• native FC optics : provides 4/8Gb FC

In the configuration of the 5900CP, the interface can be configured, so at 1 point you will see Ten1/0/1, after reconfiguration, it will show as FC1/0/1.

Full HP Storage portfolio supported !

HP has validated the 5900CP for use with all existing HP FC storage systems (MSA/P2000/EVA/3Par/XP) and FCoE (3Par) system.

Visit the storage SPOCK site for details:

http://h20272.www2.hp.com/

IRF Support

While the current Comware7 software for the 5900 has support for up to 9 units in the IRF system, using FC/FCoE  will limit support for IRF to 2 units in the system (support limit, not technically enforced). This has to do with the fact that they want to avoid sending storage traffic over the IRF links (technically possible, but it adds an additional hop, and for storage, every hop counts with regards to latency).

So that also makes sense in the SAN-A/SAN-B concept, since the SAN-A would have only IRF Member1 local  ports (server facing and uplinks), while SAN-B would have only Member2 local ports (server facing and uplinks).

This effectively locks down each VSAN to a physical member inside the IRF system.

Converged Optics

While the flexibility of the interfaces is already very nice by itself, HP is also releasing a Converged Transceiver. This is a single transceiver which can do both 10G Ethernet and FC (although only 1 at the same time 🙂 ). The admin can simply configure the interface as FC or Ethernet, and the optic will behave as an Ethernet or FC optic. No need to swap the transceiver anymore.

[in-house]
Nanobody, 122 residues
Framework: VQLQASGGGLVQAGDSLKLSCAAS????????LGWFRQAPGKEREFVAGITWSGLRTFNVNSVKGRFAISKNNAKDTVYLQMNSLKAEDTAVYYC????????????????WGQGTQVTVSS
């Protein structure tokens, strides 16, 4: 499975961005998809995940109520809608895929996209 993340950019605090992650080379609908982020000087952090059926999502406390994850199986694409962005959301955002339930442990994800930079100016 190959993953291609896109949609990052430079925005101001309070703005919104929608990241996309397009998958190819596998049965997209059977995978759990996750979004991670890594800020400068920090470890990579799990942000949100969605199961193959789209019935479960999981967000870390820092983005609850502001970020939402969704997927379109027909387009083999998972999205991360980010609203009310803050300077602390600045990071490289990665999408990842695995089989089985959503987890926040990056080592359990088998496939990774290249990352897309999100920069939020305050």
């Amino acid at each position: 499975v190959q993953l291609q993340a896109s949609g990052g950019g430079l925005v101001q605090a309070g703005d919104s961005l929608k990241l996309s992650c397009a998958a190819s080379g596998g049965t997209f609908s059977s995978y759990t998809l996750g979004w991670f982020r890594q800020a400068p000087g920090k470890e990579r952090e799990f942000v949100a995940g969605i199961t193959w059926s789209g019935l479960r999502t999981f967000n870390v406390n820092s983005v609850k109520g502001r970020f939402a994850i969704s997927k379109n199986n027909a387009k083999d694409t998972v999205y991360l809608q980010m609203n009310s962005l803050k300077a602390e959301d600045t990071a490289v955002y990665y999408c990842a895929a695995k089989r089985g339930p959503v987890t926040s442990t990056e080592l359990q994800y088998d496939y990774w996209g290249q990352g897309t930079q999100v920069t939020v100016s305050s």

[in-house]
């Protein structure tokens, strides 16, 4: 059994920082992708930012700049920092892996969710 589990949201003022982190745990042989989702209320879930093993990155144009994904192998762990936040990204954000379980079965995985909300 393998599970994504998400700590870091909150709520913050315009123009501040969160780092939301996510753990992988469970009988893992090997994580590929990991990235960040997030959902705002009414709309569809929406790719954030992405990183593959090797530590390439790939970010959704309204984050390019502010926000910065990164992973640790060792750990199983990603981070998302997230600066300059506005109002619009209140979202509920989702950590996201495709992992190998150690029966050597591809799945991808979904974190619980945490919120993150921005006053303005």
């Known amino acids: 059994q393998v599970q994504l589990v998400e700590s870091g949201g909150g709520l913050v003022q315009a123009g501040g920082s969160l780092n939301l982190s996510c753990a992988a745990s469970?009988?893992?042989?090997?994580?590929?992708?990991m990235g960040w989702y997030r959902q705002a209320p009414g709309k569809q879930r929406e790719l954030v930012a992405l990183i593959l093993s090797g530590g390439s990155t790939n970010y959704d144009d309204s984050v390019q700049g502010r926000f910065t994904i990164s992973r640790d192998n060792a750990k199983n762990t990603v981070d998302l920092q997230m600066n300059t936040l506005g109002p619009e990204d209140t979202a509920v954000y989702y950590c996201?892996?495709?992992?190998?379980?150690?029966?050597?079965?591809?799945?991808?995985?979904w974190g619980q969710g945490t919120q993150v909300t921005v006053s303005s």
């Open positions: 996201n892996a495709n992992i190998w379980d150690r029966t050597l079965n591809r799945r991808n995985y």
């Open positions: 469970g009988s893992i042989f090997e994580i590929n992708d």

Comware 7

And the good part of course is that this is all part of the Comware7 feature set, so no additional license is required for any of these features.

Do not forget the existing feature set of Comware7, which is on full speed now (it took some time to get the features ported from 5.2 to 7), so the same 5900 series (including the 5900CP) has support for:

  • TRILL
  • SPB/PBB
  • MPLS (VPLS/L2VPN/L3VPN)
  • Full L2/L3 Routing on IPv4/IPv6
  • IRF

So being able to combine this complete feature set makes it a very nice platform in my opinion.

This entry was posted in Comware7, FCOE, IRF and tagged , , , , . Bookmark the permalink.